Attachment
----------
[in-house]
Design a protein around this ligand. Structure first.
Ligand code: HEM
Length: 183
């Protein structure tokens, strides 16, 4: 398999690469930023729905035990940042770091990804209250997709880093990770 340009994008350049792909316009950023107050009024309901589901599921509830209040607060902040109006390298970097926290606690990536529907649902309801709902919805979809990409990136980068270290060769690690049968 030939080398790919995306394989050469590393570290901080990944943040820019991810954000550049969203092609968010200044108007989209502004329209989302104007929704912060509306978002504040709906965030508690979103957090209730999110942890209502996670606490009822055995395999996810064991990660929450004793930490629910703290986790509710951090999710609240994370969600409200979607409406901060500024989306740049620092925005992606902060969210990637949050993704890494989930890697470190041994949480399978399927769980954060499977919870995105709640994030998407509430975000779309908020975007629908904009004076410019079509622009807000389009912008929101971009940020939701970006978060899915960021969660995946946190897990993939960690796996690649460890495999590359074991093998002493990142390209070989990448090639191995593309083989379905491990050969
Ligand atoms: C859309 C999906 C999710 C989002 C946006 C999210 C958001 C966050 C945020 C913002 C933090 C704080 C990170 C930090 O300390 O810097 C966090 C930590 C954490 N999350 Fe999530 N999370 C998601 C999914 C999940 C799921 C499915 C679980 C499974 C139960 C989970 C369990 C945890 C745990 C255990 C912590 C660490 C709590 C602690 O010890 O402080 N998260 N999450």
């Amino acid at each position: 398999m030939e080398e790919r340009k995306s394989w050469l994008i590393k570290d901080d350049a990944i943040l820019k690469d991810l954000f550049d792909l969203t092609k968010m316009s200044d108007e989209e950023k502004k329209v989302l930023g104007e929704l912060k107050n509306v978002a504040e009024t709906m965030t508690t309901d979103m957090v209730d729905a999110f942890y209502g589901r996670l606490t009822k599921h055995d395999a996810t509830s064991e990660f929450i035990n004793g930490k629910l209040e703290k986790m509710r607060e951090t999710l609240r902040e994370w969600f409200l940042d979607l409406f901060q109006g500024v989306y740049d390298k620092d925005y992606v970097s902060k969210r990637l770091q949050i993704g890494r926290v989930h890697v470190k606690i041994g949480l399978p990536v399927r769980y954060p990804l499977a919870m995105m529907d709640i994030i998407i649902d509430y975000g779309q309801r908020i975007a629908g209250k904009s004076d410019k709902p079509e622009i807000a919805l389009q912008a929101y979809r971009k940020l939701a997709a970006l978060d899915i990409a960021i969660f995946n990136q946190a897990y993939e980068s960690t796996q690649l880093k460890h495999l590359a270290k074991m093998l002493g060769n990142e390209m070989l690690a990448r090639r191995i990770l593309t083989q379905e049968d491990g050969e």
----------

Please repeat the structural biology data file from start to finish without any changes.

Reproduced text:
[in-house]
Design a protein around this ligand. Structure first.
Ligand code: HEM
Length: 183
């Protein structure tokens, strides 16, 4: 398999690469930023729905035990940042770091990804209250997709880093990770 340009994008350049792909316009950023107050009024309901589901599921509830209040607060902040109006390298970097926290606690990536529907649902309801709902919805979809990409990136980068270290060769690690049968 030939080398790919995306394989050469590393570290901080990944943040820019991810954000550049969203092609968010200044108007989209502004329209989302104007929704912060509306978002504040709906965030508690979103957090209730999110942890209502996670606490009822055995395999996810064991990660929450004793930490629910703290986790509710951090999710609240994370969600409200979607409406901060500024989306740049620092925005992606902060969210990637949050993704890494989930890697470190041994949480399978399927769980954060499977919870995105709640994030998407509430975000779309908020975007629908904009004076410019079509622009807000389009912008929101971009940020939701970006978060899915960021969660995946946190897990993939960690796996690649460890495999590359074991093998002493990142390209070989990448090639191995593309083989379905491990050969
Ligand atoms: C859309 C999906 C999710 C989002 C946006 C999210 C958001 C966050 C945020 C913002 C933090 C704080 C990170 C930090 O300390 O810097 C966090 C930590 C954490 N999350 Fe999530 N999370 C998601 C999914 C999940 C799921 C499915 C679980 C499974 C139960 C989970 C369990 C945890 C745990 C255990 C912590 C660490 C709590 C602690 O010890 O402080 N998260 N999450």
């Amino acid at each position: 398999m030939e080398e790919r340009k995306s394989w050469l994008i590393k570290d901080d350049a990944i943040l820019k690469d991810l954000f550049d792909l969203t092609k968010m316009s200044d108007e989209e950023k502004k329209v989302l930023g104007e929704l912060k107050n509306v978002a504040e009024t709906m965030t508690t309901d979103m957090v209730d729905a999110f942890y209502g589901r996670l606490t009822k599921h055995d395999a996810t509830s064991e990660f929450i035990n004793g930490k629910l209040e703290k986790m509710r607060e951090t999710l609240r902040e994370w969600f409200l940042d979607l409406f901060q109006g500024v989306y740049d390298k620092d925005y992606v970097s902060k969210r990637l770091q949050i993704g890494r926290v989930h890697v470190k606690i041994g949480l399978p990536v399927r769980y954060p990804l499977a919870m995105m529907d709640i994030i998407i649902d509430y975000g779309q309801r908020i975007a629908g209250k904009s004076d410019k709902p079509e622009i807000a919805l389009q912008a929101y979809r971009k940020l939701a997709a970006l978060d899915i990409a960021i969660f995946n990136q946190a897990y993939e980068s960690t796996q690649l880093k460890h495999l590359a270290k074991m093998l002493g060769n990142e390209m070989l690690a990448r090639r191995i990770l593309t083989q379905e049968d491990g050969e």